1997 Ford F-150

1997 Ford F150 V8 Four Wheel Drive Automatic

my 1997 f150 4.6L v8 4wd was running great. I drove it about 40 miles running errands stopping twice, once to put gas in it. I returned home and parked it for about an hour and then restarted it to move it around the house to unload. I then restarted it and parked it in the driveway. The following day I jumped in to take another trip and it would not start. It would turn over but would not hit. I did some crude investigating (depressed the relief valve on the fuel rail) and decided that the fuel pump needed to be replaced. Picked one up at the junk yard and swapped it out and no results. I borrowed a fuel pressure gage and it registers 40psi. I have since removed a spark plug wire and it seems that there is no fire. (Used a screwdriver to try to get spark to ground). I am getting really frustrated with the complexity of this vehicle and need to know where to go from here. Any assistance would be appreciated.

paks_26@yahoo. Com
March 22, 2009.

P.S. I also looked into the oil fill cap on the valve cover just to make sure that the timing chain/belt (i dont know which it has since it appears to have dual overhead cams) was not broken. When cranking the engine I can see movement within the valve cover. Like I said it appears to have dual overhead cams since what I am seeing seems to be the end of a camshaft rotating

Mar 22, 2009.
First thing to check is fuses, under the hood, any marked IGN or EEC. If all good, check for power at the coil (+) terminal.

Mar 24, 2009.
OK. I have checked all of the fuses that I can find. Which brings me to my next question. Are there not any fuses inside the cab of the truck? The only fuses that I could find are under the hood on the drivers side. There are some really big ones and some tiny ones too. I removed and looked at all of them and they appear to be good. It just seems odd to me that there are none to be found under the dash somewhere.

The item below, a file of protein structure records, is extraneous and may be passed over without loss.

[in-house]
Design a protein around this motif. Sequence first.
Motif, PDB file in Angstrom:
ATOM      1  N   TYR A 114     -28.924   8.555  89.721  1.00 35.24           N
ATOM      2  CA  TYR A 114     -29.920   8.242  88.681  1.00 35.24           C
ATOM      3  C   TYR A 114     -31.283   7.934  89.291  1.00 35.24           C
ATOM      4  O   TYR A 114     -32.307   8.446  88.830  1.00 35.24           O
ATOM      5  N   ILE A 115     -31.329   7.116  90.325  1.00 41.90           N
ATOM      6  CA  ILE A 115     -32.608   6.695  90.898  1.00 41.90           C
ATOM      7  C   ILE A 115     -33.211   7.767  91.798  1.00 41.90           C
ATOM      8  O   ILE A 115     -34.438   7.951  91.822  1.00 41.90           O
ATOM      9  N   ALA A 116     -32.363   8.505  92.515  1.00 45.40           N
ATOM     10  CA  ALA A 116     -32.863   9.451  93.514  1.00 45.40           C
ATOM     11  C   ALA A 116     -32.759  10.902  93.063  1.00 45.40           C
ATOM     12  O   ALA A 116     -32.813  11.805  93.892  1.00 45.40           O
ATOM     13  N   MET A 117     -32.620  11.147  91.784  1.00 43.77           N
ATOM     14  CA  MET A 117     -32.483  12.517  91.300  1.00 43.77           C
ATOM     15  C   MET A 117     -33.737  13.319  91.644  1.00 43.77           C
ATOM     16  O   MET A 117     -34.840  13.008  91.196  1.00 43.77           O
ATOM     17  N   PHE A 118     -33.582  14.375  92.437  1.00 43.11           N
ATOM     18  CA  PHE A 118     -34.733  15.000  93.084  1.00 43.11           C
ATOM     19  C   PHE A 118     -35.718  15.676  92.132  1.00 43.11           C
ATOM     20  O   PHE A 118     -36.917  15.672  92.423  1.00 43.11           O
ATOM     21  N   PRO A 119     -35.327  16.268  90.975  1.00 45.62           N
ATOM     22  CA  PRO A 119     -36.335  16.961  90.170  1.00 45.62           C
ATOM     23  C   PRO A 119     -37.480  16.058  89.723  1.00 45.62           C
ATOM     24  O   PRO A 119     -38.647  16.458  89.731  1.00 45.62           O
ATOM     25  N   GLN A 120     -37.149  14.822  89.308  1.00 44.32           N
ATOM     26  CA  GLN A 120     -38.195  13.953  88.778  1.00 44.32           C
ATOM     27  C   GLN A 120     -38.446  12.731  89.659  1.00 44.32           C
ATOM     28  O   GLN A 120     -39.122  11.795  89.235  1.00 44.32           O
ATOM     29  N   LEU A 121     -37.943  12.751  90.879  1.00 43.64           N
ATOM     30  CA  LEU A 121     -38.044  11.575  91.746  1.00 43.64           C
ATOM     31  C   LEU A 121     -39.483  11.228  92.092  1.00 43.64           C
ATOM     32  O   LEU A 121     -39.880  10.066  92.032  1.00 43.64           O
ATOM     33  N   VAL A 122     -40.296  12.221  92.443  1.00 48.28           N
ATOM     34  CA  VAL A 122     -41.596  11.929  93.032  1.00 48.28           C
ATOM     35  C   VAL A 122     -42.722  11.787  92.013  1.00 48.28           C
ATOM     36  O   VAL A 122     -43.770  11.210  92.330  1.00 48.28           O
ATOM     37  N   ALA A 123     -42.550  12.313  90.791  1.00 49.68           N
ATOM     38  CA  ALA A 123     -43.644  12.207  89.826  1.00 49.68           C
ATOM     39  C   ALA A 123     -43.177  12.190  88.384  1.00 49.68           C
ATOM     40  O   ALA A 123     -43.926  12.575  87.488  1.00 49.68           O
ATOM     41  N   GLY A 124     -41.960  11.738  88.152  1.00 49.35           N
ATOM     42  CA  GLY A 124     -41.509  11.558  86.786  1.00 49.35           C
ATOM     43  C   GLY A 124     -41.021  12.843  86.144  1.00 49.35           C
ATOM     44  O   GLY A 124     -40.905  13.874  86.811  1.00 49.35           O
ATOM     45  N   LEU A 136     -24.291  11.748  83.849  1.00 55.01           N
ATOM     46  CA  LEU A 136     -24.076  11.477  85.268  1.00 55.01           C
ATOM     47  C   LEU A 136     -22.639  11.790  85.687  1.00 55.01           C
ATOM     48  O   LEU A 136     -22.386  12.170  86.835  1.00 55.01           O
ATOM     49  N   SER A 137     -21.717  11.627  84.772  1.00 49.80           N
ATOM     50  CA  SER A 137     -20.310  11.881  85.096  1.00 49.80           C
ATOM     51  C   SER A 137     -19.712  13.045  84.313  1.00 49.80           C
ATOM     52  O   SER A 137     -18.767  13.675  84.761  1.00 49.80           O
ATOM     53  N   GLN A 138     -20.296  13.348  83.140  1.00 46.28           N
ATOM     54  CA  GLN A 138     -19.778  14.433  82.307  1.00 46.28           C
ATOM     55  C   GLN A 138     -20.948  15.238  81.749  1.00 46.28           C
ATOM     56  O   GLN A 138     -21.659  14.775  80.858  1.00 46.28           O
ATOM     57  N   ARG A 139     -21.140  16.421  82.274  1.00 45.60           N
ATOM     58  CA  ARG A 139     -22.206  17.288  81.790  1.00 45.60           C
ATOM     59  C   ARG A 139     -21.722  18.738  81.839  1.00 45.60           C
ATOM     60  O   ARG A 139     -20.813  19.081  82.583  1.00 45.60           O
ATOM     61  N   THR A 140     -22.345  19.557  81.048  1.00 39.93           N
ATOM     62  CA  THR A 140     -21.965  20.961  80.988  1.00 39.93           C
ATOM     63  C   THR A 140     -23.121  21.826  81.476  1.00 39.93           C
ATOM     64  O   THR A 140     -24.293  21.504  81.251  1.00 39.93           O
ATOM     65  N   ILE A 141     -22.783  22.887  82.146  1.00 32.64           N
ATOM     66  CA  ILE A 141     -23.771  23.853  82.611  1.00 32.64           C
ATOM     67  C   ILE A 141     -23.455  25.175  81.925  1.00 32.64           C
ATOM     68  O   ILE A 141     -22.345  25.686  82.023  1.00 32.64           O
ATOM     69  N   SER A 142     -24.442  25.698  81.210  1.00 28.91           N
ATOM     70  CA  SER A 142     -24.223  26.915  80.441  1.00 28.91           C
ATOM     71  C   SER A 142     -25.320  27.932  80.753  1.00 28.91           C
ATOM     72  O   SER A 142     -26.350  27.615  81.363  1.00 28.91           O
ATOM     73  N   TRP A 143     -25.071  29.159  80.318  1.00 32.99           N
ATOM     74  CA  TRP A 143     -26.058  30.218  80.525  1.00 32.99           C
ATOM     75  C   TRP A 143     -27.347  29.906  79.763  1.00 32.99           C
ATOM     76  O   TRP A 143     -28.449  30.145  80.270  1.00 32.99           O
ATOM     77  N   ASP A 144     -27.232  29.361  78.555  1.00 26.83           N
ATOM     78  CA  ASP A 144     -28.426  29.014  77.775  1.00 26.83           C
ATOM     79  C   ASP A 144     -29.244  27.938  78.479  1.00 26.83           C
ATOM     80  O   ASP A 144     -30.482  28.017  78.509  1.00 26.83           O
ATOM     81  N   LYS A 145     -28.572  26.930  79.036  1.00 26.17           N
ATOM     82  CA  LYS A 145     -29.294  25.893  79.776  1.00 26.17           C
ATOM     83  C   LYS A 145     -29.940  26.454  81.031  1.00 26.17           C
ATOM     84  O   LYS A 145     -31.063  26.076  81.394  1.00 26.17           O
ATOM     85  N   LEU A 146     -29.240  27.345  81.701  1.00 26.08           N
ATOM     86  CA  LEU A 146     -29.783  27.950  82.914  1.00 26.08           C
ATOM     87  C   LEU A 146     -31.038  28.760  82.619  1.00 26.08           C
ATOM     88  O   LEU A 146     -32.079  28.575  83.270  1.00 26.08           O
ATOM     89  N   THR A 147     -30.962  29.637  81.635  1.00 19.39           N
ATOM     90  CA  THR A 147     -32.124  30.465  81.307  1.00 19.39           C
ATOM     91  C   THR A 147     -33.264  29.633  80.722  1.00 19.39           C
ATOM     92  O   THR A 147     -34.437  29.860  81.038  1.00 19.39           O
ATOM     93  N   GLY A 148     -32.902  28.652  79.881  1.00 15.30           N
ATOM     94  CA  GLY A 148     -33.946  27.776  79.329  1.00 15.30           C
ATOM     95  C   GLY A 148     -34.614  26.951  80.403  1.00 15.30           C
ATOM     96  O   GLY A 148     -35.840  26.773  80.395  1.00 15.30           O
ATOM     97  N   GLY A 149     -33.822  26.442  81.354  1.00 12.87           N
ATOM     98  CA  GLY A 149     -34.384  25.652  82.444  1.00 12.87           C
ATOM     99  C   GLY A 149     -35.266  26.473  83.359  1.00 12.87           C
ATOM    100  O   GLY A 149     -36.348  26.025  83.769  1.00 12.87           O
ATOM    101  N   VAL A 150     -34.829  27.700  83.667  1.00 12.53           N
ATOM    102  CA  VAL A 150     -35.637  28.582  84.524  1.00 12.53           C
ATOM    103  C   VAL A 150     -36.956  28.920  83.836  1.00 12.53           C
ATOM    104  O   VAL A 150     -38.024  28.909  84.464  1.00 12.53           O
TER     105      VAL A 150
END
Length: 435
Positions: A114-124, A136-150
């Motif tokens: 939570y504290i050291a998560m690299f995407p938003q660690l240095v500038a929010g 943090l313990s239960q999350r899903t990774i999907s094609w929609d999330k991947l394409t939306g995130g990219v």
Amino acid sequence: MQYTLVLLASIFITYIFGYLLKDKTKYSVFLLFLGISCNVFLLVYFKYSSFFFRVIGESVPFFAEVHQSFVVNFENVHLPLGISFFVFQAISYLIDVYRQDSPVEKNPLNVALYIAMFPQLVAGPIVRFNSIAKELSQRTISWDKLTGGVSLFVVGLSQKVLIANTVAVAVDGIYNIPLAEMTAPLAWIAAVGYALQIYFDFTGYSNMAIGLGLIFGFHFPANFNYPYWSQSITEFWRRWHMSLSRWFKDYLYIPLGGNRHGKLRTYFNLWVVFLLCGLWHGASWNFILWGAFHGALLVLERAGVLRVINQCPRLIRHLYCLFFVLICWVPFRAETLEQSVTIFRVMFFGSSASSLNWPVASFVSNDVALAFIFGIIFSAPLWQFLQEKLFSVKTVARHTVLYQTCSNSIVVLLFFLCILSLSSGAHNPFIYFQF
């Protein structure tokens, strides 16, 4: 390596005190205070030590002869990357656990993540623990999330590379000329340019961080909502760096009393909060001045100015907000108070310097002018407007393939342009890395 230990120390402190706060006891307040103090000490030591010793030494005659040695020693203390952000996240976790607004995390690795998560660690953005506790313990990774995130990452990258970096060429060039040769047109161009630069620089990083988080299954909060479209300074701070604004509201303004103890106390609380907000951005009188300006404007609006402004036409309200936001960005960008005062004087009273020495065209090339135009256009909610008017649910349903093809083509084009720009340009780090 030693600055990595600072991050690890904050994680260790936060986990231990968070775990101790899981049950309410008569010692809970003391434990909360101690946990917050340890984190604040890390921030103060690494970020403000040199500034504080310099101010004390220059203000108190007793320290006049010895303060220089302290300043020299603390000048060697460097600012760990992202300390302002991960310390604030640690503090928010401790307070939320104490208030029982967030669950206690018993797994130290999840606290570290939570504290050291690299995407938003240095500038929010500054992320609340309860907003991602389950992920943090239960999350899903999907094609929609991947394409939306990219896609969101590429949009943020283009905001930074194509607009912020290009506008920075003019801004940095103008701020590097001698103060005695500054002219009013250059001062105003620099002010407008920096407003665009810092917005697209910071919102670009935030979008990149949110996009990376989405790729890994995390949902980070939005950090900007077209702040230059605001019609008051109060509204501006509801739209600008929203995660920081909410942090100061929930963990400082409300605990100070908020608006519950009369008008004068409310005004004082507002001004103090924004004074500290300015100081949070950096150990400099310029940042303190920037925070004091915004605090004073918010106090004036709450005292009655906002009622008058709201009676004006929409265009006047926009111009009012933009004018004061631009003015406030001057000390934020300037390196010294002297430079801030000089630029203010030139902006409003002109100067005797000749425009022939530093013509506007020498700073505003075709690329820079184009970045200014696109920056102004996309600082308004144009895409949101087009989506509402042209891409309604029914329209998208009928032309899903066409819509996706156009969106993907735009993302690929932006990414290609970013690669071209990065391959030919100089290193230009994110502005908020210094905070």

I assume that by coil you mean the coil packs since there is no standard coil/distributor and when you say to check for power at the coil should there be power to them at all times when the switch is on or only when I attempt to crank the engine?

Mar 25, 2009.
COMPUTERIZED ENGINE CONTROLS POWERTRAIN CONTROL MODULE (PCM) Ground Circuits 1. Using a DVOM, check for continuity to ground at PCM connector terminals No. 24, 25, 51, 76, 77 and 103. See Fig. 1 . Resistance should be approximately zero ohms. If resistance is not approximately zero ohms, repair circuit open to ground. 2. Touch negative lead of voltmeter to a good ground. With vehicle running, backprobe positive lead of voltmeter to each ground terminal. Voltmeter should indicate less than one volt. If reading is greater than one volt, check for open, corrosion or loose connection on ground lead. Power Circuits Turn ignition off. Using a voltmeter, check for battery voltage between ground and PCM terminal No. 55 (KAPWR). Turn ignition to START or RUN position. Check for battery voltage between ground and PCM connector terminals No. 71 and 97. If battery voltage is not present, power is not being supplied from EEC power relay. See CIRCUIT TEST B in TESTS W/CODES - 4.6L article. PCM LOCATIONS Fig. 1: Identifying PCM 104-Pin Connector Terminals Model Location Pickup Right Side Of Engine Compartment Page 1 of 1 SYSTEM/COMPONENT TESTS - 4.6L -1997 Ford Pickup F150 3/26/2009 src="" alt="" />

Check fuse # 20 inside the cab its for the PCM and GEM and fuse # 30, its for the coils. Fuse box is under left side of the dash.

Mar 26, 2009.